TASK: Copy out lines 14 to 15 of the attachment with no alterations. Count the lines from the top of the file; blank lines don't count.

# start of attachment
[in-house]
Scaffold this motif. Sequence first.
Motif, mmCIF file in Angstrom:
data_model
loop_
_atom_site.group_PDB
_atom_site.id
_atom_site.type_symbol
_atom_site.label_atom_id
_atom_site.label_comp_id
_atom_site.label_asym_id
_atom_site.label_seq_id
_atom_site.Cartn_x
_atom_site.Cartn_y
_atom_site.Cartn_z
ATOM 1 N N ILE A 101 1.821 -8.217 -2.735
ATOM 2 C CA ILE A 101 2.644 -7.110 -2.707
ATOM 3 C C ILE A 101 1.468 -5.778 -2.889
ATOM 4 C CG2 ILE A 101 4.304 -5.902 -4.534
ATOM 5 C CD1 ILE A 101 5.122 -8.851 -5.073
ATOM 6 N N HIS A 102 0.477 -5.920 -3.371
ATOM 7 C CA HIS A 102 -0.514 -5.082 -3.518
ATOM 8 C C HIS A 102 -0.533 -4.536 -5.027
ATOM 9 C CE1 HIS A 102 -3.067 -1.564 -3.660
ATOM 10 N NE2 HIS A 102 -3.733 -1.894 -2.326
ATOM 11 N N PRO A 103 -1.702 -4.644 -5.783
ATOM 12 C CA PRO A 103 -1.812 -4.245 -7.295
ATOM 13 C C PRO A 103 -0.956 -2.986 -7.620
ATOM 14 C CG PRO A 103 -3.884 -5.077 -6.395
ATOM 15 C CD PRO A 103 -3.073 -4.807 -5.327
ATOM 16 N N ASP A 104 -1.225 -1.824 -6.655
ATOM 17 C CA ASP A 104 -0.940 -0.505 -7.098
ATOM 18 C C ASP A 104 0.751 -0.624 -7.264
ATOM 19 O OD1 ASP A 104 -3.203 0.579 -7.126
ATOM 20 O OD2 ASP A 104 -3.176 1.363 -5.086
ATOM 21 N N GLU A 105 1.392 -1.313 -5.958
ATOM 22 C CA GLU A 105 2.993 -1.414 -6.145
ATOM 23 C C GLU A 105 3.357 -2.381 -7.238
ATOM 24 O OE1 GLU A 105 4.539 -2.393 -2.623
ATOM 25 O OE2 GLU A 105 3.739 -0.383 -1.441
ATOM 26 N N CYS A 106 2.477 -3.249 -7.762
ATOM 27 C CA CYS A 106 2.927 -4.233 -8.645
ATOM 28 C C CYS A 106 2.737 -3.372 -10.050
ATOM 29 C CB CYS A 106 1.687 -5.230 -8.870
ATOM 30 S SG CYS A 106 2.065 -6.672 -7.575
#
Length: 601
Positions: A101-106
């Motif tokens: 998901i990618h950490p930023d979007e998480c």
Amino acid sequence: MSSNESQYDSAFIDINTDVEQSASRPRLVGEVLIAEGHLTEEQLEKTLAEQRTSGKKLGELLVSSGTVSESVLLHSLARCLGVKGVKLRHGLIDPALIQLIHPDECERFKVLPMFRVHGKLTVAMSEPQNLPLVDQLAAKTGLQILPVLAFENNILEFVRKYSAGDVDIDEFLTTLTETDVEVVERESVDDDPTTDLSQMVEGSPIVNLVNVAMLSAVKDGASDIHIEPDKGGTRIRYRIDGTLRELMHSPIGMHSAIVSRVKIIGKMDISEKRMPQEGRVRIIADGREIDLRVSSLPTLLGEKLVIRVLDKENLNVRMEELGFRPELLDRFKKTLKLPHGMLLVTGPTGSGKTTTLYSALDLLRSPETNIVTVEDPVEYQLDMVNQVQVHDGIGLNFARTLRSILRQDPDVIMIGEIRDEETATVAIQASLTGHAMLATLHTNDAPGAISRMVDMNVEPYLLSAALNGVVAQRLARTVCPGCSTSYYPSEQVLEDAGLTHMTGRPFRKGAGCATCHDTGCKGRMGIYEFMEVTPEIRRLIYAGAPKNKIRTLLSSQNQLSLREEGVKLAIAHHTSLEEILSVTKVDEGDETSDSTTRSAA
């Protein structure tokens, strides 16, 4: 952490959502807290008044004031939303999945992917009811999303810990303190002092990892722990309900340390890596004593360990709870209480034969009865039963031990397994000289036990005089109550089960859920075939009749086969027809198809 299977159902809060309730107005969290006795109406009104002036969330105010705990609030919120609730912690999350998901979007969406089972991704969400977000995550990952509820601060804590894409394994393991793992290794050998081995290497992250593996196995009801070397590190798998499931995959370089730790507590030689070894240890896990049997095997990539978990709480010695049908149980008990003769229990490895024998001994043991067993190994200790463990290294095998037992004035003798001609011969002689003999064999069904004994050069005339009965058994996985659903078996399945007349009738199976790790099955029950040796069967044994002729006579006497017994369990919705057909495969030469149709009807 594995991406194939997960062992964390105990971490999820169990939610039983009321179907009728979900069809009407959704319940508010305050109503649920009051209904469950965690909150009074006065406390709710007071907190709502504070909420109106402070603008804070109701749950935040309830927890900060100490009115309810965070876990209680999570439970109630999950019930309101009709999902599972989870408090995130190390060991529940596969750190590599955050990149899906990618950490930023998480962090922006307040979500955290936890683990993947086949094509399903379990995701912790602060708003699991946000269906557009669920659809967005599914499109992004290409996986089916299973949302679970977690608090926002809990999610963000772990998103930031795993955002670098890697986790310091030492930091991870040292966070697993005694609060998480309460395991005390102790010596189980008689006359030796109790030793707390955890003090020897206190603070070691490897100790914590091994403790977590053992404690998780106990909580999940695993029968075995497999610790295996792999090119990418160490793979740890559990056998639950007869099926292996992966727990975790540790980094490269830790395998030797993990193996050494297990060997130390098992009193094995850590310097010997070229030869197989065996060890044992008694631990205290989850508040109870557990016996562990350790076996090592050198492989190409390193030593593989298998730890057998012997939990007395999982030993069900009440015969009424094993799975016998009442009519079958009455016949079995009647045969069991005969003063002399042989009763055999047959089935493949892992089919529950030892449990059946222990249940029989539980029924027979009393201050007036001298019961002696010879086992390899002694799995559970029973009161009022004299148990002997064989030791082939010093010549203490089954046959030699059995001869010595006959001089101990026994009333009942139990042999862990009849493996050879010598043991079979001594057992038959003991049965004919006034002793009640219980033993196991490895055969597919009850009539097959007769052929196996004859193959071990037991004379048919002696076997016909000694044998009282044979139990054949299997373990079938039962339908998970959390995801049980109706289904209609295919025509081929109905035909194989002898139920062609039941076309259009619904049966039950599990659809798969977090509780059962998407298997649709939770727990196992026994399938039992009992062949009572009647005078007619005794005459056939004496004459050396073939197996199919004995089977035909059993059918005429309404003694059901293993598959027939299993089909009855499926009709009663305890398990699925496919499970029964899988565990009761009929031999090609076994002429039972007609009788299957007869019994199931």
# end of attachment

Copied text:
_atom_site.Cartn_y
_atom_site.Cartn_z